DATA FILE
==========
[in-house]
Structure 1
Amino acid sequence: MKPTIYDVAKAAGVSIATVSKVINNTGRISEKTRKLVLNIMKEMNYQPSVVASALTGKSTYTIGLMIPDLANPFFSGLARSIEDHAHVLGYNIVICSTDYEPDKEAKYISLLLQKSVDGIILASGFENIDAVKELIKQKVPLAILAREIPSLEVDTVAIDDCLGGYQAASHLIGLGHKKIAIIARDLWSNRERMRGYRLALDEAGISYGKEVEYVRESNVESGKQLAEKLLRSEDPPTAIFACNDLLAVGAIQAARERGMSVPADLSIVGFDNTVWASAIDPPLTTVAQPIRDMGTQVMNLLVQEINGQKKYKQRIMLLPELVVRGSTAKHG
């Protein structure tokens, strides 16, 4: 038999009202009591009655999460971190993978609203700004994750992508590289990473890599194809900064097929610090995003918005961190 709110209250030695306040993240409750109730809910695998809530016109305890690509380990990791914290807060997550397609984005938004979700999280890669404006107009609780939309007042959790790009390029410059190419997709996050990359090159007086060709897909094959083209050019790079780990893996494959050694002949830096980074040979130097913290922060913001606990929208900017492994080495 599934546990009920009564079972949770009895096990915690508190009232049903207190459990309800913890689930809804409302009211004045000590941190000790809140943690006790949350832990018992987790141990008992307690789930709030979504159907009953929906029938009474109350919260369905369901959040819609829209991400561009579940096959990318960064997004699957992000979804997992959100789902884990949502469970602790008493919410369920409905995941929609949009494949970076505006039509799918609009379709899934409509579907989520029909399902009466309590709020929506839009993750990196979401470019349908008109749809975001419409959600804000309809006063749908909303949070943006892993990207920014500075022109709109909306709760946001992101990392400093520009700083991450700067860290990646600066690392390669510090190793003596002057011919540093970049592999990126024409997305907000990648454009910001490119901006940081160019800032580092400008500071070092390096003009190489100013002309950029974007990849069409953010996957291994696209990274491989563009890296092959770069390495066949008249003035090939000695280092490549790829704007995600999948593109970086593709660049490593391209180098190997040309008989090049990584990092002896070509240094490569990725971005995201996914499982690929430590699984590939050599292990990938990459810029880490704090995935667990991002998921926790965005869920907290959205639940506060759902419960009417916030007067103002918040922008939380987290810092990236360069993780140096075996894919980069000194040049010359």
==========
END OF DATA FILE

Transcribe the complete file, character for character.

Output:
[in-house]
Structure 1
Amino acid sequence: MKPTIYDVAKAAGVSIATVSKVINNTGRISEKTRKLVLNIMKEMNYQPSVVASALTGKSTYTIGLMIPDLANPFFSGLARSIEDHAHVLGYNIVICSTDYEPDKEAKYISLLLQKSVDGIILASGFENIDAVKELIKQKVPLAILAREIPSLEVDTVAIDDCLGGYQAASHLIGLGHKKIAIIARDLWSNRERMRGYRLALDEAGISYGKEVEYVRESNVESGKQLAEKLLRSEDPPTAIFACNDLLAVGAIQAARERGMSVPADLSIVGFDNTVWASAIDPPLTTVAQPIRDMGTQVMNLLVQEINGQKKYKQRIMLLPELVVRGSTAKHG
């Protein structure tokens, strides 16, 4: 038999009202009591009655999460971190993978609203700004994750992508590289990473890599194809900064097929610090995003918005961190 709110209250030695306040993240409750109730809910695998809530016109305890690509380990990791914290807060997550397609984005938004979700999280890669404006107009609780939309007042959790790009390029410059190419997709996050990359090159007086060709897909094959083209050019790079780990893996494959050694002949830096980074040979130097913290922060913001606990929208900017492994080495 599934546990009920009564079972949770009895096990915690508190009232049903207190459990309800913890689930809804409302009211004045000590941190000790809140943690006790949350832990018992987790141990008992307690789930709030979504159907009953929906029938009474109350919260369905369901959040819609829209991400561009579940096959990318960064997004699957992000979804997992959100789902884990949502469970602790008493919410369920409905995941929609949009494949970076505006039509799918609009379709899934409509579907989520029909399902009466309590709020929506839009993750990196979401470019349908008109749809975001419409959600804000309809006063749908909303949070943006892993990207920014500075022109709109909306709760946001992101990392400093520009700083991450700067860290990646600066690392390669510090190793003596002057011919540093970049592999990126024409997305907000990648454009910001490119901006940081160019800032580092400008500071070092390096003009190489100013002309950029974007990849069409953010996957291994696209990274491989563009890296092959770069390495066949008249003035090939000695280092490549790829704007995600999948593109970086593709660049490593391209180098190997040309008989090049990584990092002896070509240094490569990725971005995201996914499982690929430590699984590939050599292990990938990459810029880490704090995935667990991002998921926790965005869920907290959205639940506060759902419960009417916030007067103002918040922008939380987290810092990236360069993780140096075996894919980069000194040049010359």